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Graduate courses

Departments' graduate courses for PhD-students.

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Syllabus for

Academic year
MMF061 - Theory of ground vehicles
 
Owner: AUMAS
5,0 Credits (ECTS 7,5)
Grading: TH - Five, Four, Three, Not passed
Level: A
Department: 0790 - Machine and vehicle systems

This course round is cancelled


Teaching language: English

Course module   Credit distribution   Examination dates
Sp1 Sp2 Sp3 Sp4 No Sp
0198 Oral examination 5,0c Grading: TH   5,0c    

Examiner:




Eligibility:

For single subject courses within Chalmers programmes the same eligibility requirements apply, as to the programme(s) that the course is part of.

Aim

The course aims to provide fundamental knowledge of the dynamics of various types of ground vehicles, comprising propulsion/performance, handling and ride aspects. The approach is systems oriented: any vehicle is considered to be a system, composed by modular components, the characteristics of which are assumed to be already familiar or are otherwise easily definable. That knowledge will provide tools for prediction of the vehicle response to various driver and ambience inputs, as well as for optimization of component characteristics with respect to any desired system performance indicator.

Content

The teaching approach will be problem oriented. Problem areas are stated and defined. Ways to find realistic solutions are outlined. Solution tools, which are mostly computer based, are advised. The learning phase is basically concentrated on solving assigned comprehensive and realistic analytical and design problems. Obtained solutions are experimentally verified, where possible, by available experimental equipment (research vehicle).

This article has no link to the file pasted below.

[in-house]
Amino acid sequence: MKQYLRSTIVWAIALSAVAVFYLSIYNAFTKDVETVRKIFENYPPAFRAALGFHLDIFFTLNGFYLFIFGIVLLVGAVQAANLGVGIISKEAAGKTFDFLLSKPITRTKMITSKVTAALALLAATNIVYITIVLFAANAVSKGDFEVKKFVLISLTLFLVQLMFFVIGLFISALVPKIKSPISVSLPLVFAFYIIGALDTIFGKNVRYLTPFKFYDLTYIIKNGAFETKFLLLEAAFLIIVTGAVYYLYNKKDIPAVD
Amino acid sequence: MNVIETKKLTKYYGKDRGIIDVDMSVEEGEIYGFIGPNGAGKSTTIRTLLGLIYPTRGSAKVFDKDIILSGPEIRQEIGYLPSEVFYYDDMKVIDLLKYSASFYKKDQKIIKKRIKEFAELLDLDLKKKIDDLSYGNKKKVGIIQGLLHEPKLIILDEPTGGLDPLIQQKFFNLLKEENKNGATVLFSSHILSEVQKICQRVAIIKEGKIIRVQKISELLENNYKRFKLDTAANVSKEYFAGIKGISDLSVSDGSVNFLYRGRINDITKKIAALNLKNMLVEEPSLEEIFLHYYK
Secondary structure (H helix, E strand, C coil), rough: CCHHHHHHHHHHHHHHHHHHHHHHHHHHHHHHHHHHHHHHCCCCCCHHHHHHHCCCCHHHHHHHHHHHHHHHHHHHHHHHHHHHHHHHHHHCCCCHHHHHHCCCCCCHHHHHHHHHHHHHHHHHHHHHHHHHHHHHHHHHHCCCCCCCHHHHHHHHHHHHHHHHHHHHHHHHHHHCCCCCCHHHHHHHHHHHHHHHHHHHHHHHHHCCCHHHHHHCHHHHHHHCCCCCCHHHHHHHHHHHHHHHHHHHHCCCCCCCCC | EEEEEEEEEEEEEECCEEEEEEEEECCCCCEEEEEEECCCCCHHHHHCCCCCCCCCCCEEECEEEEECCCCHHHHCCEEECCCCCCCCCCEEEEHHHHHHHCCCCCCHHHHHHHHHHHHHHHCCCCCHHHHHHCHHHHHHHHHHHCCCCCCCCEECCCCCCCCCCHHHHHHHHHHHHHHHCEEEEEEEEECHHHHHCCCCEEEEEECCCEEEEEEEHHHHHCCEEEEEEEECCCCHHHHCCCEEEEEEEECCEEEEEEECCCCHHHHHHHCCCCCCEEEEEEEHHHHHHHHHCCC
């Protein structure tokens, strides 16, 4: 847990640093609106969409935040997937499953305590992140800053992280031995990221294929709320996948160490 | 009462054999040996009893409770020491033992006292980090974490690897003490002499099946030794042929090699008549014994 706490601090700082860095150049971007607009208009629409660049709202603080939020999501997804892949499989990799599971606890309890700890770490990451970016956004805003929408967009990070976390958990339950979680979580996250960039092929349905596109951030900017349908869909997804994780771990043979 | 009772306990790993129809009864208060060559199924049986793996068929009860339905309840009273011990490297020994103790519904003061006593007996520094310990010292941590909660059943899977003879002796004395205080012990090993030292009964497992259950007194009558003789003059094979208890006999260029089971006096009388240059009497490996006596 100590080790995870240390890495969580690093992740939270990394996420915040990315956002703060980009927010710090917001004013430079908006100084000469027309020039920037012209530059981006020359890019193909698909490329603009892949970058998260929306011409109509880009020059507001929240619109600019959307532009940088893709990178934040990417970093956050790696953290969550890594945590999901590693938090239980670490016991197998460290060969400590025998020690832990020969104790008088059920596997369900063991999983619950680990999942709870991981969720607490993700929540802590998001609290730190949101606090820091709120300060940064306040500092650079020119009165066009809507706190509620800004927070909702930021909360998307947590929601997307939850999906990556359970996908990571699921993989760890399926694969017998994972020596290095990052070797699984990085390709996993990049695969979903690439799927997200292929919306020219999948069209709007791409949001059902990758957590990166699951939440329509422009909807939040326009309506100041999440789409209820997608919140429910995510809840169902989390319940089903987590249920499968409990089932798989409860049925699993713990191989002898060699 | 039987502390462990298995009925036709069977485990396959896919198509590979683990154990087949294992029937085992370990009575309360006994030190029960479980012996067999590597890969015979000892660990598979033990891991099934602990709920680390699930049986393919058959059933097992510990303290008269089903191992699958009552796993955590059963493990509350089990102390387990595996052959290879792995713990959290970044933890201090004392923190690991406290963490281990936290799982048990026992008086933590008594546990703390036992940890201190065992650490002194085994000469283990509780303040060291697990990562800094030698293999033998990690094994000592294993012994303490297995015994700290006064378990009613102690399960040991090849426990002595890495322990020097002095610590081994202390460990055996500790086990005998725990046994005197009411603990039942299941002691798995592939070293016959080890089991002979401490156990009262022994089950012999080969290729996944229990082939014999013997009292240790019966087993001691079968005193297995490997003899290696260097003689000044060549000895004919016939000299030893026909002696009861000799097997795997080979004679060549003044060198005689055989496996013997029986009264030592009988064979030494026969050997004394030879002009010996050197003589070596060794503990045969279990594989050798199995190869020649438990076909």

The following vehicles will be included: automobiles, commercial road vehicles, off-road wheeled & tracked vehicles and railroad vehicles as single units or trains of interconnected (towed) units, with the focus on automobiles.
Problems are introduced and treated grouped as follows:
Propulsion/performance (in the x or traveling direc-tion), including prediction of static and dynamic vertical road load distribution, maximum tractive and braking ground contact forces, maximum constant speed, maximum negotiable slope, maximum acceleration, maximum braking distance, fuel consumption at constant speed cruising and at completion of some driving cycle.
Handling (in the y or lateral direction), including understanding the significance of oversteer and understeer, respectively, and prediction of steady-state response to constant steering command at low and moderate driving speeds, respectively, transient response to some prescribed time-variable steering command at low and moderate driving speeds, respectively, and impulsive response to steering commands or external lateral disturbance of short duration, based on the so called minimal bicycle model of a vehicle.
Ride (in the z or vertical direction), including prediction of ride comfort and minimum road normal contact loads, based upon RMS acceleration and force variation amplitude values that are the statistical responses to road excitation, defined via a transfer function for a minimal (quarter car) linear vehicle model and the road spectral density, corrected (as for comfort) for variable human sensitivity in different frequency ranges (ISO 2631).
There will be scheduled lectures for theory and problem introduction, problem treatise sessions and laboratory experimental verification sessions.

Literature

Fundamentals of Vehicle Dynamics by Thomas G. Gillespie or Theory of Ground Vehicles by J. Y. Wong, Automotive Handbook published by BOSH, additional Lecture Notes and Articles. There will also be available a Tutorial Course on videotape, related to the above textbook by Thomas G. Gillespie.

Examination

The final exam will be oral. Completed assigned problems will be a pre-requisite for the exam.


Page manager Published: Thu 04 Feb 2021.